When you're coming down the mountain on skis or snowshoeing through deep powder, the last thing you'll want to deal with is numb toes and fingers. You may have the best extreme-cold-weather gear, but it never hurts to take along hand and toe warmers that will bring your extremities back to life once you feel them stiffening up.
These little pouches are great for cold-weather sports. They give you a portable, one-time-use way to make sure your fingers and toes are toasty under your winter gear. To help you understand how to use hand and toe warmers, we’ve compiled answers to the most frequently asked questions about them.
How do you activate a chemical heat pack?
When you buy your hand and toe warmers, they’ll come in a plastic wrapper, most likely with two pouches in each package. Making sure to keep the cloth pouches sealed, shake each one so that all the contents mix together. This usually takes only a few seconds.
There are a few different kinds of hand and toe warmers, but the most common ones contain tiny pieces of iron, water, activated carbon, salt, a water reservoir, and a mineral called “vermiculite.” When iron is exposed to oxygen, it begins to oxidize and produce heat. The other natural ingredients perform a number of different tasks: the salt works to spur the chemical reaction, the carbon is used to distribute the heat, and the vermiculite is used to insulate the warmth that’s generated.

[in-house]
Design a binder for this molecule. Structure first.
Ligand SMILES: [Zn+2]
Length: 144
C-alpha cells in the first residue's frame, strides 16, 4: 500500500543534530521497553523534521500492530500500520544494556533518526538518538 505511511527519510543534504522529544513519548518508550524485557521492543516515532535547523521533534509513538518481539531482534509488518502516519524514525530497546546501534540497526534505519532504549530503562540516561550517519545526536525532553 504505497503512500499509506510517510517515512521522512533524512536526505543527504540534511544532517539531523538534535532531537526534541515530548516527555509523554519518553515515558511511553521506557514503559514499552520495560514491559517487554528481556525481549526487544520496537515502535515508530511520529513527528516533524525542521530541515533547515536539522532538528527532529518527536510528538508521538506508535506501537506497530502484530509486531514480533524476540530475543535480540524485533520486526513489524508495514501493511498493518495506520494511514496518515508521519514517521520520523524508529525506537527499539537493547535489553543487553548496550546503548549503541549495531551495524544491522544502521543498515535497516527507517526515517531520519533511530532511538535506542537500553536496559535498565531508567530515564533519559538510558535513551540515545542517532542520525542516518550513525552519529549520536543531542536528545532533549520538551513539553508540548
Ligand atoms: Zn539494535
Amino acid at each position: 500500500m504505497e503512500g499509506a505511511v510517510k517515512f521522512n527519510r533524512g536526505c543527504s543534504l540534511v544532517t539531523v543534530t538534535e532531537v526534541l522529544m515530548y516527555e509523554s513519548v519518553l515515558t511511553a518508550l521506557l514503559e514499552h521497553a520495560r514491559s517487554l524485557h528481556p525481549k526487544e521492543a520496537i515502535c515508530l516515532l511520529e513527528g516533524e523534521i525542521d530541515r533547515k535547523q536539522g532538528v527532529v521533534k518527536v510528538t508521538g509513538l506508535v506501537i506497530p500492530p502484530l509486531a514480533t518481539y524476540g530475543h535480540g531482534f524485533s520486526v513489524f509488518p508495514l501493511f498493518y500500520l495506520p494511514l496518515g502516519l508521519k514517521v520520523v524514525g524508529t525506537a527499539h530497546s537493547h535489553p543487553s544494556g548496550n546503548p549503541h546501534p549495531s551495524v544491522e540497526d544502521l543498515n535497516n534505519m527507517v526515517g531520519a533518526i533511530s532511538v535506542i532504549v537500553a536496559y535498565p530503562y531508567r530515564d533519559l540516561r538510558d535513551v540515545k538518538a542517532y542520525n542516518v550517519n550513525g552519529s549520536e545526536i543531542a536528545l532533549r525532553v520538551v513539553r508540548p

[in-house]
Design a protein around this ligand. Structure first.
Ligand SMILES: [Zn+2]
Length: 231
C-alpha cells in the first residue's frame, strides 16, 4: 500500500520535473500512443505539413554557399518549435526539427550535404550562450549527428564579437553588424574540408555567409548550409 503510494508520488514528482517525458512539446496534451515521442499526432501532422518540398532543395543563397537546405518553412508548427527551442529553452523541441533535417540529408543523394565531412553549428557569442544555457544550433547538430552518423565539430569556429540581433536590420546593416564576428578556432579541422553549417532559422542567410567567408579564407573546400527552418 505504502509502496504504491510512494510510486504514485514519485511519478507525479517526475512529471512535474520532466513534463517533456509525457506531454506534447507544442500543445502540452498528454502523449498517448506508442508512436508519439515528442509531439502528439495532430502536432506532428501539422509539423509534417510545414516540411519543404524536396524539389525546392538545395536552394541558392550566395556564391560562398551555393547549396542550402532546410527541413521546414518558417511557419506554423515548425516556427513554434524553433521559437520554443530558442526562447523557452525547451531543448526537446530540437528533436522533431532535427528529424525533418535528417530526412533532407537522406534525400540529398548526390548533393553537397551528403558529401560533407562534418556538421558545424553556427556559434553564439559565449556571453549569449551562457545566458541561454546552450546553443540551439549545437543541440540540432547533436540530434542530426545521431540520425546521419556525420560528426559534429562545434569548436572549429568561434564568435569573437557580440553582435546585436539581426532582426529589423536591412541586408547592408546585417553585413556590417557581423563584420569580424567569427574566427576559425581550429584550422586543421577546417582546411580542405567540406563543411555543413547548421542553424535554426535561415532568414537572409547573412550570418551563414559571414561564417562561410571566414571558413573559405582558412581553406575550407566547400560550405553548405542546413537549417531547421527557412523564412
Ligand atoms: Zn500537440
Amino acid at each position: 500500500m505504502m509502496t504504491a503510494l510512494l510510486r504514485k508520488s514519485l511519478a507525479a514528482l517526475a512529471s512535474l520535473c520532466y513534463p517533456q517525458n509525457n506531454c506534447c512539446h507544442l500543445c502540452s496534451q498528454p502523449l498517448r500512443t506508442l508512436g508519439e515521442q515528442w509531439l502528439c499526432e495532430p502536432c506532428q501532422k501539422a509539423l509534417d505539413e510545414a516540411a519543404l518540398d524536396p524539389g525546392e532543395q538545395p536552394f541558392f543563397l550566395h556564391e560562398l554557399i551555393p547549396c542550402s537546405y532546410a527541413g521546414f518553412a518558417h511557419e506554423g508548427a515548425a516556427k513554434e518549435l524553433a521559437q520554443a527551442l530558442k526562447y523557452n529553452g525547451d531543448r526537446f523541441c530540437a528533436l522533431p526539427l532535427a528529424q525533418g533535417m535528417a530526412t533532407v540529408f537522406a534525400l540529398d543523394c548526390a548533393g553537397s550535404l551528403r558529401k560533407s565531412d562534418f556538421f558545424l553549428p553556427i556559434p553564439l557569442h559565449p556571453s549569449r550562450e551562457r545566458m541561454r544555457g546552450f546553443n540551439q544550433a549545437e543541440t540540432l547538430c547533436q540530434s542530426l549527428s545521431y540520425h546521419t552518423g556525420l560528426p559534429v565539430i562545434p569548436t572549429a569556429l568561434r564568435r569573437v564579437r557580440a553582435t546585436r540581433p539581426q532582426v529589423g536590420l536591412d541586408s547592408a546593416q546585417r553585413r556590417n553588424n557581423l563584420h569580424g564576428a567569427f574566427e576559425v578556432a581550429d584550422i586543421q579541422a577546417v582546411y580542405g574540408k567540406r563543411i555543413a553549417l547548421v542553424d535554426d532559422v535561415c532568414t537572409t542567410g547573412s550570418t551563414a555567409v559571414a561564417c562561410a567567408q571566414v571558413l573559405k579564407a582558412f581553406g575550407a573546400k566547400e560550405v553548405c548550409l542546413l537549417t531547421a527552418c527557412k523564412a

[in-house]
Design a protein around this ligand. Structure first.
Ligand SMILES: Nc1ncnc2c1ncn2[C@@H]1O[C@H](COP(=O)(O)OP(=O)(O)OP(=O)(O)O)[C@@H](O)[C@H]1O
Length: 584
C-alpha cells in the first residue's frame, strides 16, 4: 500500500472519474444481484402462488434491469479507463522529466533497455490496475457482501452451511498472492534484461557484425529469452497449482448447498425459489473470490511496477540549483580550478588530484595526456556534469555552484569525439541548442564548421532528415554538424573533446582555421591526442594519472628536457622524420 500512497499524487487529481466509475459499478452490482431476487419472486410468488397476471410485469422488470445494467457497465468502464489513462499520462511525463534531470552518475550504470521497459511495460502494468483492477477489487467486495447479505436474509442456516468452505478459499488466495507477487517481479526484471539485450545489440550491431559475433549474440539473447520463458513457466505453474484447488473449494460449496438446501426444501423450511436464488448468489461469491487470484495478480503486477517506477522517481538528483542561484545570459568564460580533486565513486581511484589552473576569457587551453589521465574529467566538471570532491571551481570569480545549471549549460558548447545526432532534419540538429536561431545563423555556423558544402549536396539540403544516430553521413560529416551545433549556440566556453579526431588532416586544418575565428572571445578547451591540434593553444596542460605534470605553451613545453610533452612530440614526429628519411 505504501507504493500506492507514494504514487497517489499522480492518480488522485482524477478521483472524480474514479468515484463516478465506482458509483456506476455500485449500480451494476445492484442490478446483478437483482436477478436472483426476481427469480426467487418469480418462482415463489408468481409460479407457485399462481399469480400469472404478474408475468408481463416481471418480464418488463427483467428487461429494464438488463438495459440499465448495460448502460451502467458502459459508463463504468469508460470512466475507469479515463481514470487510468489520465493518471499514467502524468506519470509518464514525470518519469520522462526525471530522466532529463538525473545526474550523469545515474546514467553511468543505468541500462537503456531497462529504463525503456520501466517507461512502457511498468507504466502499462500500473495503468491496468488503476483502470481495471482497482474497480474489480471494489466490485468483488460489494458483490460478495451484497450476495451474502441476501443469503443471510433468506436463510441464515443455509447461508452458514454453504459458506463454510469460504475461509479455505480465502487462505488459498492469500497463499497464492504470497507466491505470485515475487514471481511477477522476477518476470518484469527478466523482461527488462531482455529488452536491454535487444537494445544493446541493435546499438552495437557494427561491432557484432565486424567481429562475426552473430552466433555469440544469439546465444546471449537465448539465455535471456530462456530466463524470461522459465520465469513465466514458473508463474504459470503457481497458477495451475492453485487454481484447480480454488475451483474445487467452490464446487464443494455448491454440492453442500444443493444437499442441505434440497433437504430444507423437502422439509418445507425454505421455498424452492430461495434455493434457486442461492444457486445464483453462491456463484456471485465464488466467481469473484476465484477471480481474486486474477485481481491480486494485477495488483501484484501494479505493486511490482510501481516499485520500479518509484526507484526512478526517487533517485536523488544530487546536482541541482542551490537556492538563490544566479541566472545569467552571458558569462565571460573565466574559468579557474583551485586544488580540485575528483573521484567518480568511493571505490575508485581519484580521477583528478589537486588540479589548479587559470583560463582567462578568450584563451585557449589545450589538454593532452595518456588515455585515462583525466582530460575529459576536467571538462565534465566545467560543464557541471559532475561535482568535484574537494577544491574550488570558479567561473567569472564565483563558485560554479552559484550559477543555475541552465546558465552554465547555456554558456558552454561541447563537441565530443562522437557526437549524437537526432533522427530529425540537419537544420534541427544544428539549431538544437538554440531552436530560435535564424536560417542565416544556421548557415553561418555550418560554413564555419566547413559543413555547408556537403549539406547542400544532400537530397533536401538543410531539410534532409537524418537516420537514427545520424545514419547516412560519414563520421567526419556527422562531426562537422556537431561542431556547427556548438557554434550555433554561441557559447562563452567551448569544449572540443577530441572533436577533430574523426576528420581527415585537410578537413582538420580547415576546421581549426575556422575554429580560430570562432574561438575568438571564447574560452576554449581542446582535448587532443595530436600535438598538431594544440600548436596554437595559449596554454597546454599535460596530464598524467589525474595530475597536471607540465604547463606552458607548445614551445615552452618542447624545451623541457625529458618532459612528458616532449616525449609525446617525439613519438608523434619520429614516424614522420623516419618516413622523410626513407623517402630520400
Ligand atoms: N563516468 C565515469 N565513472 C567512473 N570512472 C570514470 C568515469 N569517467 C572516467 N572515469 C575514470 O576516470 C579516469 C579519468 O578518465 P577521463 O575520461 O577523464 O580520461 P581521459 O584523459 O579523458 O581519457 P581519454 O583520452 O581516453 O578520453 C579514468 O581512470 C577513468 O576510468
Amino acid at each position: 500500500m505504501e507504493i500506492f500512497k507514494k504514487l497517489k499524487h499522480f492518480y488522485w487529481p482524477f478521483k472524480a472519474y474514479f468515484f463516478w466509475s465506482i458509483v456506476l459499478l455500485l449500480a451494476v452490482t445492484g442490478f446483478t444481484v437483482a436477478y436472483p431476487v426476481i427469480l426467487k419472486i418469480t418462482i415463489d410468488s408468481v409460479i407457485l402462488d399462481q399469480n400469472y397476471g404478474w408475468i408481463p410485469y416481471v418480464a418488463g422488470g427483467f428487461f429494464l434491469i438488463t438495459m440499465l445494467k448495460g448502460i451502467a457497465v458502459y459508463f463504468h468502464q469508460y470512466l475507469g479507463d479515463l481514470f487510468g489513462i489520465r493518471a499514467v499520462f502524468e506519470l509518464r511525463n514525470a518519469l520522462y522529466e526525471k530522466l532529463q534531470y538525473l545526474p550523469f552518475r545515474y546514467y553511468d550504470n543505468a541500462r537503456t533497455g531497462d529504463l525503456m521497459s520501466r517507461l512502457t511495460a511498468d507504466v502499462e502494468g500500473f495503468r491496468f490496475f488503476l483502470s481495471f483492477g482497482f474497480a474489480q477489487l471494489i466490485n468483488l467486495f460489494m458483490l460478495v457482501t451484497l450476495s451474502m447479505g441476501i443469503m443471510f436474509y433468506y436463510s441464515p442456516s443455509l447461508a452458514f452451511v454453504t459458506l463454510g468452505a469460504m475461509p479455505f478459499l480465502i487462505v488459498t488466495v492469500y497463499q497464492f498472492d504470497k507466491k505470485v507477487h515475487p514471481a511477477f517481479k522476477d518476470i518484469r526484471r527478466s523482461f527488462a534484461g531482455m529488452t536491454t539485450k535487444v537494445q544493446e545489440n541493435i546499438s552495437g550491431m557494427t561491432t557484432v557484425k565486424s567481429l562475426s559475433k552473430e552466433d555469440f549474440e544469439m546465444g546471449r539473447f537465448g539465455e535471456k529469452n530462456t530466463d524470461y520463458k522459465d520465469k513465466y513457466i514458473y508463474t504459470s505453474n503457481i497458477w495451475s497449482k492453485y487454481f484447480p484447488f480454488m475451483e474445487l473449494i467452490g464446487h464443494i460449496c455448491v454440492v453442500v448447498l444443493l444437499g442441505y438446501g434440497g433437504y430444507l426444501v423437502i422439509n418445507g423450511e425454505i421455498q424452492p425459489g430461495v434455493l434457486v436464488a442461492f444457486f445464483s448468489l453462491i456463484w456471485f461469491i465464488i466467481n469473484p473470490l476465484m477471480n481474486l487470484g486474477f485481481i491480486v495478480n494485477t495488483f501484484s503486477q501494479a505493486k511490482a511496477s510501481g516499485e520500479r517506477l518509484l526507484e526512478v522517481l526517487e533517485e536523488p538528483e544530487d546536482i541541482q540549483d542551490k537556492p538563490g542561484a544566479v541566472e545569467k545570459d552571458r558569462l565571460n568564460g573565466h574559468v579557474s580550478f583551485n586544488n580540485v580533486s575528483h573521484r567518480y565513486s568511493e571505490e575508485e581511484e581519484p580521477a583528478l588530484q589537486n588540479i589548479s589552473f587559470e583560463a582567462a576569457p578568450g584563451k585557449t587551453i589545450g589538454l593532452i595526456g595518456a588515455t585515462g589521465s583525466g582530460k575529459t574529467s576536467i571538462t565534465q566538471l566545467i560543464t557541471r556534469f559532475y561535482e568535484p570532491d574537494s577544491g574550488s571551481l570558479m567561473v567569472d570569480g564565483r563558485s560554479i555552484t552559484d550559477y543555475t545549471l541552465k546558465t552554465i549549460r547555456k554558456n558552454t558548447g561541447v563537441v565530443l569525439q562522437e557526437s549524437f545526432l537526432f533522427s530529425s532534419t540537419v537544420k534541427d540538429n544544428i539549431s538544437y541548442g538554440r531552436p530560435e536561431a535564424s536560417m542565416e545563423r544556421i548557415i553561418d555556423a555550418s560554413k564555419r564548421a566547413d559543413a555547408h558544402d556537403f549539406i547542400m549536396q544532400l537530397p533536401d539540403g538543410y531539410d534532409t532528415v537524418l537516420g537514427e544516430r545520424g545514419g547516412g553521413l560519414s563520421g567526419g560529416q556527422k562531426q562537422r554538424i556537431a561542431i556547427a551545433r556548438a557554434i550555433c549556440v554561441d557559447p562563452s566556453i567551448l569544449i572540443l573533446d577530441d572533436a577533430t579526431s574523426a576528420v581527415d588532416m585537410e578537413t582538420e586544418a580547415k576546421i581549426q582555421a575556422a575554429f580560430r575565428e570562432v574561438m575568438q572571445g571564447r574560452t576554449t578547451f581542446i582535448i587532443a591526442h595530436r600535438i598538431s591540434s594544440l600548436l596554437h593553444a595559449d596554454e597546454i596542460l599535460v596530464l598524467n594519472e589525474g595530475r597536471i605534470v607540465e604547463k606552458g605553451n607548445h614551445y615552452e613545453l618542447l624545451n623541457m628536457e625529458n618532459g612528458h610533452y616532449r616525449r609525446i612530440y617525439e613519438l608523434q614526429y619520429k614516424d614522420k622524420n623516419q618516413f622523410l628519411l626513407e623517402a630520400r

How long do they last?
That depends on the kind you get, but most commonly, warmers last between five and eight hours. Basically, one pair should last through one day of outdoor winter activity.
How long do they take to heat up?
The oxidation process begins immediately, and you'll notice a gradual increase in heat for about 20 minutes. However, you'll feel the warmth much sooner than that, and you should put each pouch inside your gloves or winter boots soon after you shake it.
How hot do they get?
Because warmers are activated by exposure to oxygen, the more time they spend in open air, the hotter they get. Toe and feet warmers can reach temperatures of 165 degrees Fahrenheit if left out. Make sure to use your warmers in enclosed spaces only, such as gloves, mittens. and boots, and avoid using them in shoes or gloves that have ventilation.
Will they burn me if I use them directly against my skin?
In short, yes. You should never place warmers into direct contact with skin. The chemical process in the pouches is designed to keep your fingers and toes warm in extremely cold conditions, so direct skin contact can cause burns. Place them inside your boots while wearing socks, and outside the inner lining of your winter gloves to protect yourself from burns.
Will they fry my phone if they’re in the same pocket?
Similar to skin, it probably isn't a good idea for your phone to be in direct contact with a hand warmer. What you can try, however, is putting your phone into a small sock, then putting it in your pocket with a warmer. This should keep your electronics safe and keep the battery from dying too soon in the cold.
Will they fit inside my shoes?
Yes, toe warmers are designed specifically for use in winter boots. These warmers feature an adhesive side that fits snugly into place either at the top or bottom of the toe portion of your shoe and won't move around.
Before heading out into the cold, make sure hand and toe warmers are a part of your outdoor gear—it never hurts to hit the trails prepared.
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